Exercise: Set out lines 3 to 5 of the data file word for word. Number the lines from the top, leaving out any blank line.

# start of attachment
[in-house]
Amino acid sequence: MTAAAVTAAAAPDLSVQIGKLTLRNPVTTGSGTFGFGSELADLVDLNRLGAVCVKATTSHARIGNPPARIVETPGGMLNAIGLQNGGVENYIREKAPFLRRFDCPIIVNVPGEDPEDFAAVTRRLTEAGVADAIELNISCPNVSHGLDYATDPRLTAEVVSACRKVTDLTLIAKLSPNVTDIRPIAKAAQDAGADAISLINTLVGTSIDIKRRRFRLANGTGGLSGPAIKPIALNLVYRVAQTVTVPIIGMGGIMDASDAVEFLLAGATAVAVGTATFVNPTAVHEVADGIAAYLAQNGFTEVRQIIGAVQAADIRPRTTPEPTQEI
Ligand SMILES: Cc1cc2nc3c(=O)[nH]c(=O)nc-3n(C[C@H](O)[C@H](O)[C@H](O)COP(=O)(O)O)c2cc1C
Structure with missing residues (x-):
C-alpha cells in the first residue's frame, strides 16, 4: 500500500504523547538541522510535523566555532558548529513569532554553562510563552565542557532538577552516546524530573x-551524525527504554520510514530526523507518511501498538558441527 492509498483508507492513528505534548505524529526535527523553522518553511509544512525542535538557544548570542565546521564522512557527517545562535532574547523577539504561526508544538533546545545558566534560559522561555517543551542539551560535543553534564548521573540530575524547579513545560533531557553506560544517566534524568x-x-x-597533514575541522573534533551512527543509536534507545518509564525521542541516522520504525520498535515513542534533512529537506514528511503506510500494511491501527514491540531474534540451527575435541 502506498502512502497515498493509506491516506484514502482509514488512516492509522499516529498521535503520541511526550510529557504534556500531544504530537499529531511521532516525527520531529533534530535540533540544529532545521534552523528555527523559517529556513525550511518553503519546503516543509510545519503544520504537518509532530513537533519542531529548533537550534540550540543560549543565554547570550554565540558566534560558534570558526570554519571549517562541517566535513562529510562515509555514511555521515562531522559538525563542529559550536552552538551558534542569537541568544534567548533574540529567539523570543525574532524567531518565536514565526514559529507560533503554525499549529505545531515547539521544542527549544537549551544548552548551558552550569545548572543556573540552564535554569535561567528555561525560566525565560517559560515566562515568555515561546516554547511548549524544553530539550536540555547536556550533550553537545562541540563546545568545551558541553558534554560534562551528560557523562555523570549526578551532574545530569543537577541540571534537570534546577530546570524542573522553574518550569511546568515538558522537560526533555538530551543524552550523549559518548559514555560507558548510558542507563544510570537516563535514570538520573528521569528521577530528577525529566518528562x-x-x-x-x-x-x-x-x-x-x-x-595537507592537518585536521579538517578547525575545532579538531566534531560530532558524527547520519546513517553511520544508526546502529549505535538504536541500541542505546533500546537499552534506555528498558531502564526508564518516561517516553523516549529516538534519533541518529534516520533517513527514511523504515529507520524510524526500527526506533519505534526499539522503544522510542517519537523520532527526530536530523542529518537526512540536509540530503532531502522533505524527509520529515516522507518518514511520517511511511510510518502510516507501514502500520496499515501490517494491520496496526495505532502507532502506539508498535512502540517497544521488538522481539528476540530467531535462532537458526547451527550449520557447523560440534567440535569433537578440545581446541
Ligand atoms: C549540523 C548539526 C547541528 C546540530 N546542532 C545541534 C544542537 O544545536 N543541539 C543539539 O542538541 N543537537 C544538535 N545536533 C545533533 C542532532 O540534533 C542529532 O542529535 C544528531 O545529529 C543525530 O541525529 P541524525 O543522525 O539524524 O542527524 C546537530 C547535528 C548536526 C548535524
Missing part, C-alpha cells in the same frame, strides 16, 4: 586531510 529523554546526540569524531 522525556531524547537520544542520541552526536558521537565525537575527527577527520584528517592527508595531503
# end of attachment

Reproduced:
Ligand SMILES: Cc1cc2nc3c(=O)[nH]c(=O)nc-3n(C[C@H](O)[C@H](O)[C@H](O)COP(=O)(O)O)c2cc1C
Structure with missing residues (x-):
C-alpha cells in the first residue's frame, strides 16, 4: 500500500504523547538541522510535523566555532558548529513569532554553562510563552565542557532538577552516546524530573x-551524525527504554520510514530526523507518511501498538558441527 492509498483508507492513528505534548505524529526535527523553522518553511509544512525542535538557544548570542565546521564522512557527517545562535532574547523577539504561526508544538533546545545558566534560559522561555517543551542539551560535543553534564548521573540530575524547579513545560533531557553506560544517566534524568x-x-x-597533514575541522573534533551512527543509536534507545518509564525521542541516522520504525520498535515513542534533512529537506514528511503506510500494511491501527514491540531474534540451527575435541 502506498502512502497515498493509506491516506484514502482509514488512516492509522499516529498521535503520541511526550510529557504534556500531544504530537499529531511521532516525527520531529533534530535540533540544529532545521534552523528555527523559517529556513525550511518553503519546503516543509510545519503544520504537518509532530513537533519542531529548533537550534540550540543560549543565554547570550554565540558566534560558534570558526570554519571549517562541517566535513562529510562515509555514511555521515562531522559538525563542529559550536552552538551558534542569537541568544534567548533574540529567539523570543525574532524567531518565536514565526514559529507560533503554525499549529505545531515547539521544542527549544537549551544548552548551558552550569545548572543556573540552564535554569535561567528555561525560566525565560517559560515566562515568555515561546516554547511548549524544553530539550536540555547536556550533550553537545562541540563546545568545551558541553558534554560534562551528560557523562555523570549526578551532574545530569543537577541540571534537570534546577530546570524542573522553574518550569511546568515538558522537560526533555538530551543524552550523549559518548559514555560507558548510558542507563544510570537516563535514570538520573528521569528521577530528577525529566518528562x-x-x-x-x-x-x-x-x-x-x-x-595537507592537518585536521579538517578547525575545532579538531566534531560530532558524527547520519546513517553511520544508526546502529549505535538504536541500541542505546533500546537499552534506555528498558531502564526508564518516561517516553523516549529516538534519533541518529534516520533517513527514511523504515529507520524510524526500527526506533519505534526499539522503544522510542517519537523520532527526530536530523542529518537526512540536509540530503532531502522533505524527509520529515516522507518518514511520517511511511510510518502510516507501514502500520496499515501490517494491520496496526495505532502507532502506539508498535512502540517497544521488538522481539528476540530467531535462532537458526547451527550449520557447523560440534567440535569433537578440545581446541